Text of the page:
Definition - What does Dormant Pruning mean?
Dormant pruning is done during the dormant season of the grapevine, ideally during the winter months between January through the beginning of March. When dormant pruning gardeners should remove 70-90% of the wood canes and growth produced during the previous growing season. All canes that are over a year old should be removed and any surplus one-year canes that distract from new growth or canopy positioning.
WineFrog explains Dormant Pruning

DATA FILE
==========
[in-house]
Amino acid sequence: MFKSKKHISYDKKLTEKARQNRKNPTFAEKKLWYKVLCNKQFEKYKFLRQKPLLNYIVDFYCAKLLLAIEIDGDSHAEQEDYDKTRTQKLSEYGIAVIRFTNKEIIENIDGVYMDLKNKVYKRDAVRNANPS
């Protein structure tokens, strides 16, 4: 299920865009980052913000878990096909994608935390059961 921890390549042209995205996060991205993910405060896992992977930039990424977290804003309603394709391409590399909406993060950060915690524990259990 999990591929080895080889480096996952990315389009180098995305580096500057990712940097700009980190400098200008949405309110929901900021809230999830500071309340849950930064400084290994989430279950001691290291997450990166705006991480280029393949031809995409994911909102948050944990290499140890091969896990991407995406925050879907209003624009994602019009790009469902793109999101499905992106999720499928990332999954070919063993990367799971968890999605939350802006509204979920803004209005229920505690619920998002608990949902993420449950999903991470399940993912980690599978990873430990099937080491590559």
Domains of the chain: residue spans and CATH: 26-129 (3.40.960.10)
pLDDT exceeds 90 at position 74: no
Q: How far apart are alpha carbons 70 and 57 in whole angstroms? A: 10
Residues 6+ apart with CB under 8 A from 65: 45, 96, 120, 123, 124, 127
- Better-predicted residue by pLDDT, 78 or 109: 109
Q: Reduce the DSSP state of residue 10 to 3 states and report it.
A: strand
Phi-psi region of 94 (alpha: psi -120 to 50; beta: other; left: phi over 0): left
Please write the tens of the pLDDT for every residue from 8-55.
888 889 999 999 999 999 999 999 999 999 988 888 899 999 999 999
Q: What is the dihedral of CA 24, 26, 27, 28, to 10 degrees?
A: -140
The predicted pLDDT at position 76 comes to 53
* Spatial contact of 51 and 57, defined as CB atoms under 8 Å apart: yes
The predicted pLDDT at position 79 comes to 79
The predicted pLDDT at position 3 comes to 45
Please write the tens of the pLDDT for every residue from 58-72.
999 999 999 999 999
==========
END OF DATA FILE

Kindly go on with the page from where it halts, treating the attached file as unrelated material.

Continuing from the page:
Dormant pruning is important because it removes old growth, maintains the vine training system in place and allows the vintner to make selections of fruiting wood and manipulate the new growth during the next season. Grapevines must be pruned annually and usually done after the first of the year to prevent exposure to freeze/cold injury. Vine balance is the most important aspect of pruning because it influences the amount of crop yields and to regulate the number of shoots exposed in the canopy. It is also used to remove any parts of the vine that may be infected with diseases. Each year after original plantings should have a specific dormant pruning plan to establish the vines and renew fruiting potential. After pruning, all cuttings should be removed and all tools should be sterilized to prevent any spreading of disease to new crops.